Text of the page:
Sunday 7 January 2018

And now for something completely different

I can safely say that I never thought that knitting would feature on this blog; it's just not something that I do. But never say never. . .

It all started last month, with the Sale Arts Trail Christmas Bazaar (Sale being a place on the outskirts of Manchester). My friend Bronwen Simpson was there selling her beautiful hats and scarves, so I thought I'd go along and have a look. Another stall had items made from super-chunky merino yarn, including scarves with big buttons. They were lovely, but a bit too chunky for my taste. Also I must admit that dry-clean-only items don't really fit into my life. Then on a stall selling turned wood pieces I found a bowl full of big wooden buttons, and Had An Idea.

My last (and indeed only) attempt at knitting was way back in the early 1980s, when I made a sweater. It was (intentionally) baggy, had very little shaping, and was made from a chunky and very fluffy yarn, which disguised a multitude of errors. I love looking at the beautiful knitted items which bloggers such as Juliana and Tasha post, and am in awe of their skill, but couldn't imaging producing anything like that myself. But it struck me that I ought to be able to manage a basic scarf.

The first problem occurred when I went to my local fabric and wool shop, and was overwhelmed with choice! I didn't want anything too expensive for a first attempt, so eventually I decided upon a chunky, multi-coloured acrylic yarn in blues and browns.

Wool and buttons

I bought some needles as well (6mm) and set to - and the results were just as you would expect for something which I last did 35 years ago, and to a mediocre standard then. So I ripped it out, and did the sensible thing of practising with a ball of double knitting yarn which for some unknown reason I had lying around.

Once I had mastered the idea of a basic knit two purl two rib, I had another go with the proper yarn. Much better.

In progress

I was spending most of Christmas and New Year at my parents' house, and this was a far easier project to take with me than any dressmaking. What I did need to do before Christmas was master the art of knitting and talking simultaneously; my parents deserve more than monosyllabic grunts!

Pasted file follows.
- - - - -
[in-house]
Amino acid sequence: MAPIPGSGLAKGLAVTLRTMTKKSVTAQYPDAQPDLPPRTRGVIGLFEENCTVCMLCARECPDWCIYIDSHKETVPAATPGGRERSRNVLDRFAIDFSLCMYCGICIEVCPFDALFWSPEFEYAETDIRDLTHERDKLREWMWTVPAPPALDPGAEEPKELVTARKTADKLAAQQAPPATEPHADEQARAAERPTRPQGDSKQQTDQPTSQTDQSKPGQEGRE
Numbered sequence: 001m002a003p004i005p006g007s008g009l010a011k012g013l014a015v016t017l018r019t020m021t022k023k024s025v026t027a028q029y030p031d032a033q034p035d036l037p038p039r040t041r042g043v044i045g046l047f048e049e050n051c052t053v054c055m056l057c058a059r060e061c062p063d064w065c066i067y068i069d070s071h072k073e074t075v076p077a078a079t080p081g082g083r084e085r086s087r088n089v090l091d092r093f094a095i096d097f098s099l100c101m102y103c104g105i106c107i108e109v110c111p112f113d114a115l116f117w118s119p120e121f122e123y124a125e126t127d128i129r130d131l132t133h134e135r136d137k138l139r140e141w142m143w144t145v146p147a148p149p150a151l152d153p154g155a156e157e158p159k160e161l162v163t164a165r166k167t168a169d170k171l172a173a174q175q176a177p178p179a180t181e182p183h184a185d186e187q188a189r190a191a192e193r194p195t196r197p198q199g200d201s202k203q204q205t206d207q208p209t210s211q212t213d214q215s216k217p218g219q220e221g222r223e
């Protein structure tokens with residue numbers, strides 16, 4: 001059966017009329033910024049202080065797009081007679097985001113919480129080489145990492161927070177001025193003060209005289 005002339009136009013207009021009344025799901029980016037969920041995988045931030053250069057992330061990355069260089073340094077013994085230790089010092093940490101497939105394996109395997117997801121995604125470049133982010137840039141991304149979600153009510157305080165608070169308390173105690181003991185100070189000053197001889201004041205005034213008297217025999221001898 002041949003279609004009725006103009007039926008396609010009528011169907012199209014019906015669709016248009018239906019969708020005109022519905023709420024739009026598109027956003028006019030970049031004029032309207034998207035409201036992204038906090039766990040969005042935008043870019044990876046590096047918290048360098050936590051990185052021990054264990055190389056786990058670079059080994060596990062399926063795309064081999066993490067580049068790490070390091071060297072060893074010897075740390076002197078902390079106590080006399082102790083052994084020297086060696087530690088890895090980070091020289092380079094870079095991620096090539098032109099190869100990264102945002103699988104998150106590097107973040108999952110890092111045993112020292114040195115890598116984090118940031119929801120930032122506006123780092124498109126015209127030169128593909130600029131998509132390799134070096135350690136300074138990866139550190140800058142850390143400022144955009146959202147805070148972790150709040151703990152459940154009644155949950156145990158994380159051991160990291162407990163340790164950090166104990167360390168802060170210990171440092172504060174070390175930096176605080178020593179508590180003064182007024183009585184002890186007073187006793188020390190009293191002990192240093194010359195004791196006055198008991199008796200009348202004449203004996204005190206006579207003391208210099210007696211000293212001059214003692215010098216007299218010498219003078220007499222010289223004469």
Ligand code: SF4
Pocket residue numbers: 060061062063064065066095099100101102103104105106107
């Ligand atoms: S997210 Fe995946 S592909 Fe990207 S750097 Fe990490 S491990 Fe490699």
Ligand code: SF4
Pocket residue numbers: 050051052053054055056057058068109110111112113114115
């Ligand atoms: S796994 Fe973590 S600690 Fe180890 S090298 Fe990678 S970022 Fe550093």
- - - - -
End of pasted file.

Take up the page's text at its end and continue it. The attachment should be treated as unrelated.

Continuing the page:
I was surprised at just how quickly I got into my new hobby; whenever I had a spare couple of minutes, I would find myself picking up my knitting to sneak in a couple more rows! I made the buttonhole by casting off a few stitches, and casting them back on in the next row - I have no idea if this is the correct technique.

Button and buttonhole

The length was based on an existing fleece scarf, and I used the remaining wool to make a fringe. There are all sorts of crimes against tension going on along the scarf, but I'm still thrilled with the end result.


I did quickly get tired of carrying my work around in a plastic carrier bag, so between Christmas and New Year I made myself a knitting bag from a couple of cotton remnants. A couple of people have given me knitting needles they no longer use, so as there's some fabric left over I'll make a bag for those as well.

Knitting bag. The handles were the most expensive part!

As a seamstress and a knitting newbie, I underestimated the stretchiness of knitting, so the button and buttonhole are further down than I would like. The button has to be wedged in the V of my coat.

Holding the button in place

No matter. The 2X2 rib makes for a toasty warm scarf. Even better, the button stops the ends from flapping about with an unbuttoned coat.

With Simplicity 4896 - not at all historically accurate, but super-warm

I've had to create a new 'knitting' label for this post, but I doubt if this is the only time I'll use it!


  1. Aw, thanks for the shout! I'm flattered--I'm really just a plain knitter, nothing like Tasha. :) Your scarf is beautiful! I love that combination of blues and browns. A fun scarf thing to try is a weirdish pattern from 1933 that Dottie angel adapted for modern knitters--it makes a little asymmetrical collar that I thought was funky and cool, but it doesn't take long to knit. The pattern is here:

    1. Thank you Juliana! The wool was available in so many lovely colour combinations that it took me ages to decide. The pattern looks like a lot of fun; simple enough for a beginner, but interesting to make.

  2. Replies
    1. Thank you Kate. Sewing will always be my first love, but I can definitely see more knitting being done!